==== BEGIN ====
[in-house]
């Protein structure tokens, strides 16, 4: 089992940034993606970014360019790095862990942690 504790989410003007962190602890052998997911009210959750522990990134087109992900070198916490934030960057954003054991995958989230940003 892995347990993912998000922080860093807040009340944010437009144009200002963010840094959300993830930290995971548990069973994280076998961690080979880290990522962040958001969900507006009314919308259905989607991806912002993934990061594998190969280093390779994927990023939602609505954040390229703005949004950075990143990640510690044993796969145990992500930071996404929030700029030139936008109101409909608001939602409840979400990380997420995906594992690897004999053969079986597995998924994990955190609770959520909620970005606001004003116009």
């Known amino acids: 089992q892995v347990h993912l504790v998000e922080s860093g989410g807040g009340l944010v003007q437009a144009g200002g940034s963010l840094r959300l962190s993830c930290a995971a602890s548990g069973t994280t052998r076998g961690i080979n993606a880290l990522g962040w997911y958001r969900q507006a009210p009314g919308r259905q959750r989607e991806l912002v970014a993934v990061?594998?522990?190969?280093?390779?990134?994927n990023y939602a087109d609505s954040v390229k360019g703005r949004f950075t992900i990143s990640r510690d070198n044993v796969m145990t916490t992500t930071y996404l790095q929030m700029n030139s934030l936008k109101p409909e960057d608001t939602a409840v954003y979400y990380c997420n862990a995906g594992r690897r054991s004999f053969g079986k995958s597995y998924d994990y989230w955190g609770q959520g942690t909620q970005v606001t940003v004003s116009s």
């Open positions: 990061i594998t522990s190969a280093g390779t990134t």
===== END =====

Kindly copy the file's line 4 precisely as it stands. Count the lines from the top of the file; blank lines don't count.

């Open positions: 990061i594998t522990s190969a280093g390779t990134t």